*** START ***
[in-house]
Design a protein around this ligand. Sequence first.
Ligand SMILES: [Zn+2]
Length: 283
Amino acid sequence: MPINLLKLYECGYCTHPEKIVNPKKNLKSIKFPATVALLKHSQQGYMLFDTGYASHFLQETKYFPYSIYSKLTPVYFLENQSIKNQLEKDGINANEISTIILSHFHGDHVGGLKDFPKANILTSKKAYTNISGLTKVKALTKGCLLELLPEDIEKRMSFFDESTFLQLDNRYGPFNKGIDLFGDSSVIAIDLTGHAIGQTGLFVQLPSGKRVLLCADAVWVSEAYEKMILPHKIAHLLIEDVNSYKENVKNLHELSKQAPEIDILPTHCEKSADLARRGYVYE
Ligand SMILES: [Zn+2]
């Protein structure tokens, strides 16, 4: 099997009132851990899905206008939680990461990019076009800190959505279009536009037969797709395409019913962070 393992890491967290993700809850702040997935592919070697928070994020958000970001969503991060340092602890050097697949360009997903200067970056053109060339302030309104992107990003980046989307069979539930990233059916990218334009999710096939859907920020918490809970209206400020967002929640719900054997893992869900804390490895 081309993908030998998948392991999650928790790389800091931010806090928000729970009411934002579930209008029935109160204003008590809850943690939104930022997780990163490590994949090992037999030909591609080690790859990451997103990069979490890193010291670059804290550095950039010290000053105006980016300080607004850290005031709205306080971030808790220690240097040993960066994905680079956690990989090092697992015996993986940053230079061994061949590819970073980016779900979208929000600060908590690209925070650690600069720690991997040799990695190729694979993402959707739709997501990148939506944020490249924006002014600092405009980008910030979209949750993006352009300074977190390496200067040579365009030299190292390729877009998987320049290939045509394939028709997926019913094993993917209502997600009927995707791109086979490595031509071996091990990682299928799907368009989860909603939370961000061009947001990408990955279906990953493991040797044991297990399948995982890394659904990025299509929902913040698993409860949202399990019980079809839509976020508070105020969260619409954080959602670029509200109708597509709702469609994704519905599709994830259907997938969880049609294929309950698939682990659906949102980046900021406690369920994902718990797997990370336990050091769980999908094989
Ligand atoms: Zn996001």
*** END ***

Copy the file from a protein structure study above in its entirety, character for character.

[in-house]
Design a protein around this ligand. Sequence first.
Ligand SMILES: [Zn+2]
Length: 283
Amino acid sequence: MPINLLKLYECGYCTHPEKIVNPKKNLKSIKFPATVALLKHSQQGYMLFDTGYASHFLQETKYFPYSIYSKLTPVYFLENQSIKNQLEKDGINANEISTIILSHFHGDHVGGLKDFPKANILTSKKAYTNISGLTKVKALTKGCLLELLPEDIEKRMSFFDESTFLQLDNRYGPFNKGIDLFGDSSVIAIDLTGHAIGQTGLFVQLPSGKRVLLCADAVWVSEAYEKMILPHKIAHLLIEDVNSYKENVKNLHELSKQAPEIDILPTHCEKSADLARRGYVYE
Ligand SMILES: [Zn+2]
């Protein structure tokens, strides 16, 4: 099997009132851990899905206008939680990461990019076009800190959505279009536009037969797709395409019913962070 393992890491967290993700809850702040997935592919070697928070994020958000970001969503991060340092602890050097697949360009997903200067970056053109060339302030309104992107990003980046989307069979539930990233059916990218334009999710096939859907920020918490809970209206400020967002929640719900054997893992869900804390490895 081309993908030998998948392991999650928790790389800091931010806090928000729970009411934002579930209008029935109160204003008590809850943690939104930022997780990163490590994949090992037999030909591609080690790859990451997103990069979490890193010291670059804290550095950039010290000053105006980016300080607004850290005031709205306080971030808790220690240097040993960066994905680079956690990989090092697992015996993986940053230079061994061949590819970073980016779900979208929000600060908590690209925070650690600069720690991997040799990695190729694979993402959707739709997501990148939506944020490249924006002014600092405009980008910030979209949750993006352009300074977190390496200067040579365009030299190292390729877009998987320049290939045509394939028709997926019913094993993917209502997600009927995707791109086979490595031509071996091990990682299928799907368009989860909603939370961000061009947001990408990955279906990953493991040797044991297990399948995982890394659904990025299509929902913040698993409860949202399990019980079809839509976020508070105020969260619409954080959602670029509200109708597509709702469609994704519905599709994830259907997938969880049609294929309950698939682990659906949102980046900021406690369920994902718990797997990370336990050091769980999908094989
Ligand atoms: Zn996001």